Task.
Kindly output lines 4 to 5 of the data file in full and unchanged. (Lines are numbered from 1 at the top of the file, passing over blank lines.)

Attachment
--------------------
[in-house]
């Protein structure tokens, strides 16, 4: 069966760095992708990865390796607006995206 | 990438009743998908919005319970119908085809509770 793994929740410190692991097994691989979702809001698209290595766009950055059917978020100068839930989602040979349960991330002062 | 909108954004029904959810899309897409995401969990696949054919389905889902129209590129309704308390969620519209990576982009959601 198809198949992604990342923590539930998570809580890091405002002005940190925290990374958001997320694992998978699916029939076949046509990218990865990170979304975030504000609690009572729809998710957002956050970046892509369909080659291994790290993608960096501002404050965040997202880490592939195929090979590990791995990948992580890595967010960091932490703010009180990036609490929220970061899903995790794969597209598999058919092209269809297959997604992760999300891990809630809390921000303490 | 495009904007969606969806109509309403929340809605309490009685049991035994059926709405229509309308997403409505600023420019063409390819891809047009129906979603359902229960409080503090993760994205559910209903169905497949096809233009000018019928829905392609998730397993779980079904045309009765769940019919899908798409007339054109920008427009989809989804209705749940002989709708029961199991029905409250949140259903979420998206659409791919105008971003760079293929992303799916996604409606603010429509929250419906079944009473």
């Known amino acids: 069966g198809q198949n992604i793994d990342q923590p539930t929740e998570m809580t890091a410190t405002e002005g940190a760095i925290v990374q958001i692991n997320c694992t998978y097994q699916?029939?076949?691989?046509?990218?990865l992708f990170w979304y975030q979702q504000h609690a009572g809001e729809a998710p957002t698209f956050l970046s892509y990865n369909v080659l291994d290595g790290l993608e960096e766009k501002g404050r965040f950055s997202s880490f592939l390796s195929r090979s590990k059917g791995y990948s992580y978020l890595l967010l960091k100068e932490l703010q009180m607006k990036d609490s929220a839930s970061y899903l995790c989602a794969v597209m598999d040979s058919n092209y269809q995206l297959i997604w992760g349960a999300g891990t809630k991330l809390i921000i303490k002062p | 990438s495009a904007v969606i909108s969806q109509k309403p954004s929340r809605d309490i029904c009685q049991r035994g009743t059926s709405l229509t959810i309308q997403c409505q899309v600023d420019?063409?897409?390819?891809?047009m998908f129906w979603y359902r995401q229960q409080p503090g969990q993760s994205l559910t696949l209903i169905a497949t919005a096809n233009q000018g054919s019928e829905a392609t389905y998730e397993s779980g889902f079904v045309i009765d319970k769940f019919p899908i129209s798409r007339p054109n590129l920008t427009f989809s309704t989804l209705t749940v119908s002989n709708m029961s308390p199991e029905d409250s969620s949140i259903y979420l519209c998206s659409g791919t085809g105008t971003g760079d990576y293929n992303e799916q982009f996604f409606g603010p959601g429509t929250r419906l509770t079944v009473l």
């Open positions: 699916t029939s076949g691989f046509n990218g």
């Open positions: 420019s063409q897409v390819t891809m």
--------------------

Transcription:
């Open positions: 699916t029939s076949g691989f046509n990218g």
């Open positions: 420019s063409q897409v390819t891809m």